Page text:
A little side-project I’ve been wanting to work on for a while is going through the episodes of the new Avengers: Earth’s Mightiest Heroes animated series with an eye towards superhero RPGs and what (if anything) we can learn in terms of game design and game mastering from what is (in my humble opinion) an excellent comic book style superhero show. So, without further ado…
“Iron Man is Born!”
The initial five episodes of Avengers were split up into little five-minute “minisodes” shown on the Web to promote the show, then collected to form the introductory episodes. The first focuses on Avengers founder and financier Tony Stark, Iron Man. Some of the episode’s game-able highlights:
- Uni-Beam: Iron Man’s uni-beam deals out a lot of damage (it takes out a HYDRA skull-walker in one shot!) but also consumes a lot of power: armor power drops to 40% after he uses it and it takes a good three minutes or so to recharge with Iron Man relatively at rest. This might be considered the equivalent of an “encounter” power for Iron Man, or something that otherwise has a limitation on it that he can only use it sparingly. It’s also implied that it is more powerful than his routine attacks, so the limit isn’t necessarily compensating for the uni-beam’s “cost” but more for its level of power/effect.
- “Jarvis, activate external speakers” When Iron Man uses his armor’s PA system to address the HYDRA goons, it raises an interesting design issue: in game-terms, did Iron Man’s player have to pre-plan for his armor to even have a PA system? If he didn’t, and said to the GM: “I want to use the external speakers in my armor to amplify my voice so all of the HYDRA troops can hear me” what should the GM’s response be? To my mind, it should be “Sure, that makes sense,” but I also understand that’s not going to be every GM’s response, and a game system has to take that into account.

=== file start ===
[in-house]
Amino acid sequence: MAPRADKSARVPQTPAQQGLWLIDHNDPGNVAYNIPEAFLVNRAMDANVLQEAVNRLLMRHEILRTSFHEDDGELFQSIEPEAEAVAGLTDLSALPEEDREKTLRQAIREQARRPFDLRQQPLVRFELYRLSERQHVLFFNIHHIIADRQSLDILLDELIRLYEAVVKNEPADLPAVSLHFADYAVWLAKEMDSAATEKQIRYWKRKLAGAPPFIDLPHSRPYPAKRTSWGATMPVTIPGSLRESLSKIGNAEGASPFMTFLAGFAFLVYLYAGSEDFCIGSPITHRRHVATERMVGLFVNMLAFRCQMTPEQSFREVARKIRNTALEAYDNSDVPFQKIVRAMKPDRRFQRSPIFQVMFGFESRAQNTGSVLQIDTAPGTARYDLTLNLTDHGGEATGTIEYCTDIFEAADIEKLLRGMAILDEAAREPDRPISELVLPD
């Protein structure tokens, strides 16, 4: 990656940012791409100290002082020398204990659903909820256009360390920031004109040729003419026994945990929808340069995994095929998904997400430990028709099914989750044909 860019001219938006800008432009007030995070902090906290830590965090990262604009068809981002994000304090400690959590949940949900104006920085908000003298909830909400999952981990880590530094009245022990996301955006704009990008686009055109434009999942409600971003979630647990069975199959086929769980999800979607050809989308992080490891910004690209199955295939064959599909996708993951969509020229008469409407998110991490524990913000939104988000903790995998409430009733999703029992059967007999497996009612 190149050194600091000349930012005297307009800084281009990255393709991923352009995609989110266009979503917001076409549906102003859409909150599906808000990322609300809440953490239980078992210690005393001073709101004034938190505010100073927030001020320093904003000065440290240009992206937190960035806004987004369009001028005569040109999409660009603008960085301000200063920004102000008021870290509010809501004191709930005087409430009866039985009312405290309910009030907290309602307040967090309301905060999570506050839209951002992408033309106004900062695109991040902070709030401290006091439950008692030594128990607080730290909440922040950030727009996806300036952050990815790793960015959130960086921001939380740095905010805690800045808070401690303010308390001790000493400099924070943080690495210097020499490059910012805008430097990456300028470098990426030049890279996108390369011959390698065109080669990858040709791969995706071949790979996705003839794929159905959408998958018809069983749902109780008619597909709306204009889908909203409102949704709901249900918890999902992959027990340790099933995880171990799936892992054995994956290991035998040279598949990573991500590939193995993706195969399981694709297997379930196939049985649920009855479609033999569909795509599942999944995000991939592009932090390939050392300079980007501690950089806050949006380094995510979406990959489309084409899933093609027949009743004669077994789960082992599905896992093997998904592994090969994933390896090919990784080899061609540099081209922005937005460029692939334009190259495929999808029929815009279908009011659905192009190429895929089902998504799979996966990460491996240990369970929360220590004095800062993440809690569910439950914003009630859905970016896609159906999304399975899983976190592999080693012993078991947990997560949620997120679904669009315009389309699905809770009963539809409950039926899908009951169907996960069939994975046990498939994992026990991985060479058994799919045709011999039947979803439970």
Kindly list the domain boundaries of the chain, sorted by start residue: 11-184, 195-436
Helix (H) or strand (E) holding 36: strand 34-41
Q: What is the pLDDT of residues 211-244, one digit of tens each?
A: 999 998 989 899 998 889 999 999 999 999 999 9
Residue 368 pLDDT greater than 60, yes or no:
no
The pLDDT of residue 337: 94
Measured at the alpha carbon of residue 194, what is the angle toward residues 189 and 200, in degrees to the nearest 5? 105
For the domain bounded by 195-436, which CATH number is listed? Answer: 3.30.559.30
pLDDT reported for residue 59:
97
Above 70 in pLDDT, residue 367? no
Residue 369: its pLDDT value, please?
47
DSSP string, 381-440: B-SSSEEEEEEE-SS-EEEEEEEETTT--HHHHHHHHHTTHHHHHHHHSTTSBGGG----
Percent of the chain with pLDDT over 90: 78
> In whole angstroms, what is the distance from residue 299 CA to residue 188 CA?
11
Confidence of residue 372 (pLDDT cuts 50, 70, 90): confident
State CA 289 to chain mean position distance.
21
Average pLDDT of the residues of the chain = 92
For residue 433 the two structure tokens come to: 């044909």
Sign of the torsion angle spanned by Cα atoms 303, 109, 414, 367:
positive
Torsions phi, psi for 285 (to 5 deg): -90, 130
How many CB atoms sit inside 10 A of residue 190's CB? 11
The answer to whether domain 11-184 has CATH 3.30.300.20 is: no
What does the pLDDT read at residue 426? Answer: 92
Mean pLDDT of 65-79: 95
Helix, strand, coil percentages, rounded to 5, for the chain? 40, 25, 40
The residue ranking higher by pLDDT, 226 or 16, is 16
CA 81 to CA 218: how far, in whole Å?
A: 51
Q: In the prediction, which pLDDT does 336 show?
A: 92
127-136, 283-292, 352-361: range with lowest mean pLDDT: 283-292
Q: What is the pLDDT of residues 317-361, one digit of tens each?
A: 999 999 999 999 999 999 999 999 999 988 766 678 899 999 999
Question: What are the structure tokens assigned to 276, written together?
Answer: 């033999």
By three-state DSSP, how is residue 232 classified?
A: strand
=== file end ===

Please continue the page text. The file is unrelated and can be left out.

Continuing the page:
- Iron Man takes out all of the HYDRA troops in what amounts to two actions: a cluster-bomb to destroy their weapons (stunning them with the blast) and shooting the last couple guys with his repulsors, almost as an afterthought. This might imply some kind of “minion” rule, or it could be that Iron Man is just that good, compared to a bunch of otherwise normal guys with high-tech rifles.
- Iron Man’s shields are down after a few hits from the Dreadnought’s blasters: an effect of the blasts themselves or due to a drop in power levels from using the uni-beam previously?
- Iron Man uses his repulsors to block two incoming missiles and dodges the remaining three, letting one explode on impact with an obstacle before shooting down the remaining two. How would this sequence play out in round-to-round combat? Is it a specific defensive action (note that Iron Man seems to be on the defensive here) or just a part of “routine” defense?
- After being tackled by a Dreadnought, Iron Man grabs the robot’s drill bit before it can bore into him. Again, a specific defensive action or just “routine” defense? How long will a player tolerate being “on the defensive” against a foe before it starts to get frustrating? Is there a behind the scenes sequence of Iron Man rebuilding his power (which he squandered a bit at the start of the scene)?
- Without enough power for an EM pulse (another limited use effect?) Iron Man unleashes repulsor blasts against the Dreadnoughts, but their shields are too strong for them. The shielding technology is stolen from Stark: does this constitute some type of subplot or character-benefitting complication for him? Safeguarding his technology is a major theme of the character in the show.